The following is a series of
correspondence from a woman learning of Mikvah, post-menopause, for the first time. Please enjoy this inspirational exchange and follow her journey of
discovery. We will post futher segments and hope they will touch your heart as
they have touched ours.
I have been enjoying your website and all the links very much ...especially
regarding immersion of a post-menopausal woman (like me) even one who has never
used the mikvah (like me) and even if it has been many years since menopause
I did not ever think of using the mikvah until after my childbearing years
and always believed (mistakenly), that it was too late and I had missed out.
Then I read various things about how non-Orthodox women are "reclaiming" the
mikvah for various different uses aside from those the Orthodox women use them
That was interesting to me, especially since I am not Orthodox, but I still
wondered what the halachic view would be. In reading through the
information on your website I came to realize that I didn't miss out after all.
I do have a question or two though. According to Rivkah Slonim's article, it
is still permitted and a mitzvah to immerse after menopause even if it
is the first time, many years after the end of childbearing years. My question
is... can you then do it again or is that it?
Do observant women never go to mikvah again after the time after they have
entered menopause? It seems hard to understand... how that must effect marital
relations if after years and years of observing the laws of family purity... now
the husband and wife can suddenly "be together" all the time? Can you explain
how this works? I feel like if I go once I might love the experience so much
that I would want to go again. Is this forbidden? ... I am curious to know what
they are so I can make an informed choice.
Reply from Mikvah.Org:
Thank you so much for listening. - Sara Bas Yisroel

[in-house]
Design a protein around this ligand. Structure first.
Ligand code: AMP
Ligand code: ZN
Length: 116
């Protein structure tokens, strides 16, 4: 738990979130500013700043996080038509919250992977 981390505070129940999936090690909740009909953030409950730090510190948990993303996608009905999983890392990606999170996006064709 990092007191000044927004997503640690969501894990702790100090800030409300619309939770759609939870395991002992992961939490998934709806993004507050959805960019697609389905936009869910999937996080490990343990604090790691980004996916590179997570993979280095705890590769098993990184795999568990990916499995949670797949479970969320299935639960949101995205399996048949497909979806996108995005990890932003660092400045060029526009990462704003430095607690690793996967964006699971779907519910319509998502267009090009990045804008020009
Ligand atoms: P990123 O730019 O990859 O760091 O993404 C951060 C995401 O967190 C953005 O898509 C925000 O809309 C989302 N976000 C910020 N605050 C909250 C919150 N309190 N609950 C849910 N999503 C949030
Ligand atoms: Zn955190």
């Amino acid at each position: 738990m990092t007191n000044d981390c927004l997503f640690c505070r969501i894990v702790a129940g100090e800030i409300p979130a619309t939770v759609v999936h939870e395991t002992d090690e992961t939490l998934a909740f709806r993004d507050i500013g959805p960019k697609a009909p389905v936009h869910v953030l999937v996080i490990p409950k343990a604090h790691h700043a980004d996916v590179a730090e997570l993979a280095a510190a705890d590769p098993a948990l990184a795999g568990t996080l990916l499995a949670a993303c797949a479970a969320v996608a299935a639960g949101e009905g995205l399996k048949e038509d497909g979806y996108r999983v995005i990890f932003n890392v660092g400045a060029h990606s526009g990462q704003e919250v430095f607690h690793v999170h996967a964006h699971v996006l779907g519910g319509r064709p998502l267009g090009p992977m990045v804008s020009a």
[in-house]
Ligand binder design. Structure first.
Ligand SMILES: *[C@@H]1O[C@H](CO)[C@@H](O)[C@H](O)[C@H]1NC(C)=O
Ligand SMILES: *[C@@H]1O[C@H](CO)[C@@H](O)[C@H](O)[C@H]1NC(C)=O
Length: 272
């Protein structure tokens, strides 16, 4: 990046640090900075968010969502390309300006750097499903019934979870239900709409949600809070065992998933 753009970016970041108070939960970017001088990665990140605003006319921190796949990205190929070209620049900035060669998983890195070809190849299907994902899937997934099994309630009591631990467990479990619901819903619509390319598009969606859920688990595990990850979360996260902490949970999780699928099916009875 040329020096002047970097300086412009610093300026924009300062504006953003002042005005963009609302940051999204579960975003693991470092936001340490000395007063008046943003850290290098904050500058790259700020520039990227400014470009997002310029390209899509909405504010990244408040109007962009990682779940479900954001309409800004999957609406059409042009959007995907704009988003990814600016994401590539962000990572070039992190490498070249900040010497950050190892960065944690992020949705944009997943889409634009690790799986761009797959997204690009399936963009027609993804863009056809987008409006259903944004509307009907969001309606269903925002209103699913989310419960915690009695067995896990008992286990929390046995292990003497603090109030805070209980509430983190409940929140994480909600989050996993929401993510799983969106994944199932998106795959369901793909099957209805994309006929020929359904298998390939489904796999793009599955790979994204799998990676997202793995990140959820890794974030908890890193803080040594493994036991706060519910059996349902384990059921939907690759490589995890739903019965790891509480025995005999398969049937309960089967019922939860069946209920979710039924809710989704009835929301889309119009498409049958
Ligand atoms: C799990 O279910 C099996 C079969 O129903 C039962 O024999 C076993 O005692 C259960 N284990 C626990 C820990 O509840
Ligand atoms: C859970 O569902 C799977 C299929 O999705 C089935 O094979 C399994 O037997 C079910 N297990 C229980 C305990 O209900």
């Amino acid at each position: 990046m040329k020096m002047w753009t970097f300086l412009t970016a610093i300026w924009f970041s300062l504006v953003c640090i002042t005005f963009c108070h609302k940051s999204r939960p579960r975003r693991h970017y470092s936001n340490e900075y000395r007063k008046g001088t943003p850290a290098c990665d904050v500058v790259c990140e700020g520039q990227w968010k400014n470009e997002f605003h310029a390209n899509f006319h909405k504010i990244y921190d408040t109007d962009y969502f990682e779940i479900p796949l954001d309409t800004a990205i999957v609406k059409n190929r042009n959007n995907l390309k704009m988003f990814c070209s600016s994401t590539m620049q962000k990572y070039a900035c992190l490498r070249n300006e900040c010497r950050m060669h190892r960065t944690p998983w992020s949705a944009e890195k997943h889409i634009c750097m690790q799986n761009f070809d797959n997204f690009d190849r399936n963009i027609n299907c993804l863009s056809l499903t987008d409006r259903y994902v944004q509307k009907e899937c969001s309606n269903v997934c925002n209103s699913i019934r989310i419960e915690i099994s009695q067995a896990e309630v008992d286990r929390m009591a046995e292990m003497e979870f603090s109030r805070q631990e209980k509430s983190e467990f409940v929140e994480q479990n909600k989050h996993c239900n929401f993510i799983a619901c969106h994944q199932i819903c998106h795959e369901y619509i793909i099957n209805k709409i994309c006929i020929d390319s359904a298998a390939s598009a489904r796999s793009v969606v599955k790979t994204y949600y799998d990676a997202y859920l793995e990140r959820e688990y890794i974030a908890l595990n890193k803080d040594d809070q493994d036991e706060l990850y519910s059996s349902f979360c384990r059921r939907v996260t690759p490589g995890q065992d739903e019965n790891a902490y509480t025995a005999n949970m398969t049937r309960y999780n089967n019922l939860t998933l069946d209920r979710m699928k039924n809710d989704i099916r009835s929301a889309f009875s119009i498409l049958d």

How beautiful that you wish to experience mikvah for yourself! It can only
spiritually enhance your life, as well as bring blessing to yourself and your
Immersing the one time, post menopause, will bring sanctity to the remaining
years of your married life, may they be long and sweet.
The questions you raise are valid and I will do my best to clarify. First of
all, please understand that the laws governing the use of the mikvah for Family
Purity were not created with the intent of separating husband and wife. The
separation occurs as a result of the adherence to the laws of niddah, the
resulting effect of time spent together intimately and time apart, can enhance
the union between husband and wife.
This is a side effect, not the reason behind the practice. There are other
instances when these separations will not exist, namely, healthy pregnancy (no
periods or staining), breast-feeding (no periods, no staining), or any other
reason a woman may not have a normal menstrual cycle in her life. Then comes
the longest stage, menopause, when all periods and staining cease.
At this stage of life, we are different from when we were younger, our needs
and relationships have matured and changed. As people, we can cherish this time
that we have to spend with our spouses without the boundaries of the laws of
niddah. Indeed, G-d must feel that we have no need of that particular
aspect any longer at this point of life. As many who have gone through the 30 to
35 years or more of observance of these laws will attest, they look forward to
the next phase of life, the next stage, with all its own gifts to present.
Compare it if you will to the day you received your wedding ring! You
received this ring as a sign of commitment, love and devotion from your spouse.
No other ring or piece of jewelry you ever receive for the rest of your life